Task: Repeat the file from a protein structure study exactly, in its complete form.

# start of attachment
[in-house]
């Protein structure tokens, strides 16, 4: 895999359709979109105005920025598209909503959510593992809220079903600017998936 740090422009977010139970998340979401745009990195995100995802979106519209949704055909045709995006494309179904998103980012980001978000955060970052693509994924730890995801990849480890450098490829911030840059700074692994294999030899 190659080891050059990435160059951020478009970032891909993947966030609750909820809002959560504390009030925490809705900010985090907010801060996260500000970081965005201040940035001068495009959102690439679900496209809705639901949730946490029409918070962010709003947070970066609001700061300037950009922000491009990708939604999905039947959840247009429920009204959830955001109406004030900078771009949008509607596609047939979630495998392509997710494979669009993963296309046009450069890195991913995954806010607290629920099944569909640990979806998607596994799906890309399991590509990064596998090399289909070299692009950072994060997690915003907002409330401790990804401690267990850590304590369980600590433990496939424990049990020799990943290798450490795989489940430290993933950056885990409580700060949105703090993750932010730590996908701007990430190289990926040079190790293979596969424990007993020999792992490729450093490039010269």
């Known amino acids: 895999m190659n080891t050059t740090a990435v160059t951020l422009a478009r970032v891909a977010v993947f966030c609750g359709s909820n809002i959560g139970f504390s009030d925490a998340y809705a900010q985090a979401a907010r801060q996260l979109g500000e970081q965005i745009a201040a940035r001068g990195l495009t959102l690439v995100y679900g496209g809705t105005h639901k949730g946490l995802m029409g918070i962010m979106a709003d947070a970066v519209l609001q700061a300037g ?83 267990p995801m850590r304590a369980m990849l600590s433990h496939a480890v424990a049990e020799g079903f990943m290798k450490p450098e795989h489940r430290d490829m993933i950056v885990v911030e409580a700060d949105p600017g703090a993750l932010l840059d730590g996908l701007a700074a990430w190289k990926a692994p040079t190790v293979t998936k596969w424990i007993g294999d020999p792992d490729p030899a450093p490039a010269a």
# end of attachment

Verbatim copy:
[in-house]
């Protein structure tokens, strides 16, 4: 895999359709979109105005920025598209909503959510593992809220079903600017998936 740090422009977010139970998340979401745009990195995100995802979106519209949704055909045709995006494309179904998103980012980001978000955060970052693509994924730890995801990849480890450098490829911030840059700074692994294999030899 190659080891050059990435160059951020478009970032891909993947966030609750909820809002959560504390009030925490809705900010985090907010801060996260500000970081965005201040940035001068495009959102690439679900496209809705639901949730946490029409918070962010709003947070970066609001700061300037950009922000491009990708939604999905039947959840247009429920009204959830955001109406004030900078771009949008509607596609047939979630495998392509997710494979669009993963296309046009450069890195991913995954806010607290629920099944569909640990979806998607596994799906890309399991590509990064596998090399289909070299692009950072994060997690915003907002409330401790990804401690267990850590304590369980600590433990496939424990049990020799990943290798450490795989489940430290993933950056885990409580700060949105703090993750932010730590996908701007990430190289990926040079190790293979596969424990007993020999792992490729450093490039010269």
């Known amino acids: 895999m190659n080891t050059t740090a990435v160059t951020l422009a478009r970032v891909a977010v993947f966030c609750g359709s909820n809002i959560g139970f504390s009030d925490a998340y809705a900010q985090a979401a907010r801060q996260l979109g500000e970081q965005i745009a201040a940035r001068g990195l495009t959102l690439v995100y679900g496209g809705t105005h639901k949730g946490l995802m029409g918070i962010m979106a709003d947070a970066v519209l609001q700061a300037g ?83 267990p995801m850590r304590a369980m990849l600590s433990h496939a480890v424990a049990e020799g079903f990943m290798k450490p450098e795989h489940r430290d490829m993933i950056v885990v911030e409580a700060d949105p600017g703090a993750l932010l840059d730590g996908l701007a700074a990430w190289k990926a692994p040079t190790v293979t998936k596969w424990i007993g294999d020999p792992d490729p030899a450093p490039a010269a």